Nigeria losing best brains to Japa syndrome — AfDB President – Newstrends
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Nigeria losing best brains to Japa syndrome — AfDB President

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Dr Akinwumi Adesina, President, African Development Bank, AfDB

Nigeria losing best brains to Japa syndrome — AfDB President

The President of the African Development Bank (AfDB), Dr Akinwumi Adesina, has called on African leaders to create quality jobs for their teeming unemployed youths to stem the trend of brain drain bedevilling the continent.

Adesina said in Abuja on Friday at the second Veritas University Digital Innovations Exhibition and 12th convocation lecture that Nigeria was losing its best brains to Japa syndrome.

The former minister of agriculture who spoke on the convocation lecture theme “Africa, It’s Your Time”, also tasked Nigeria to turn its huge youth demography into an asset and not a liability.

Adesina, who was conferred with an honorary doctorate degree by the institution, announced that Nigeria had been listed among 10 other African countries to benefit from the Bank’s $20 billion Desert-to-Power initiative.

He noted that the power project was conceived to develop 10 GW of solar power, being the largest solar zone in the world when completed.
He listed other countries to benefit from the initiative as Burkina Faso, Cameroon, Chad, the Gambia, Guinea, Mauritania, Mali, Niger, Eritrea, and Senegal.

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Adesina also announced AfDB’s adoption of Veritas University as a centre of excellence for computer coding for employment.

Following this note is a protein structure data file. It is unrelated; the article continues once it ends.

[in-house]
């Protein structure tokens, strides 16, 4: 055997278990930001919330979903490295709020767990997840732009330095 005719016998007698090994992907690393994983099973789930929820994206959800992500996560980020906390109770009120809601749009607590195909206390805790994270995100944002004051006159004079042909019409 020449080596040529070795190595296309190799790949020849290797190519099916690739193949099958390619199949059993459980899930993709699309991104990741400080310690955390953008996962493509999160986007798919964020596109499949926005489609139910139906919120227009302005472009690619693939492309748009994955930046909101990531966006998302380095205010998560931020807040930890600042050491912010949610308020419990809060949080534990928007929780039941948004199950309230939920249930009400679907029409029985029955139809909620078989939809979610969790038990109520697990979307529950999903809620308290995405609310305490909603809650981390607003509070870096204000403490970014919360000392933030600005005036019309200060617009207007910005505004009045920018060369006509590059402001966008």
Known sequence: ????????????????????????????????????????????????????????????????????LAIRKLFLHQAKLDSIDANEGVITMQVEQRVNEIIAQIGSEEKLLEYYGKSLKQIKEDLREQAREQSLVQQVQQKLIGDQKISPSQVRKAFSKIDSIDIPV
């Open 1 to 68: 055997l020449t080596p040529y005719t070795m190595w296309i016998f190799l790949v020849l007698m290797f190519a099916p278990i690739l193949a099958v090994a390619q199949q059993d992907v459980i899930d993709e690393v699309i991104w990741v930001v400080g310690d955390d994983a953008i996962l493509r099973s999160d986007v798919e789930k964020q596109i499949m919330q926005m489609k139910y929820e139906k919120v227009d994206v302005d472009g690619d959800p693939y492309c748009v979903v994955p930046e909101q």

“What Africa lacks is not money. What Africa lacks is lack of bankable ideas. Remember, money will always follow great ideas,” he said.

“As you join the workforce, technology and Artificial Intelligence will play a big role in your lives and in your enterprises.

“I expect to see many of you provide creative solutions to many of our challenges through analytics and data aggregation. There are huge opportunities in smart and digital economies of the future.

“All this matter to me personally because I do not want to see the continued exodus of young people who risk their lives to dangerously cross land and sea to go to Europe at all cost.

“The fastest way for Nigeria to dramatically expand the wealth of its economy, create jobs and provide decent work opportunity for its youth is to implement bold, effort-oriented, industrial manufacturing actions.

“This will rapidly expand foreign exchange earnings, boost income per capita and provide quality and well-paying jobs for millions of its young people,” he added.

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Adesina charged the youth, both in Nigeria and Africa as a whole, to dream again while urging Africa to make use of the largest reserves of cobalt, lithium, diamonds, cocoa, nickel, copper, platinum and uranium in the world.

According to him, those resources could boast of 65 per cent of the world’s arable land and the largest deposit of solar potentials but has not materialised into wealth for the continent.

The Vice Chancellor of the University, Prof. Hyacinth Ichoku, revealed that the institution’s undergraduate enrollment had increased from 1,200 in 2018 to over 6,000.

Also, the Pro-Chancellor and Chairman Governing Council of the institution, Most Rev. Matthew Kukah urged the graduating students to be good ambassadors of the institution.
Kukah, in a bid to give back to the institution, announced a donation of N3 million to three students who demonstrated their ideas to the gathering.

 

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Drama as TUC pulls out of planned nationwide strike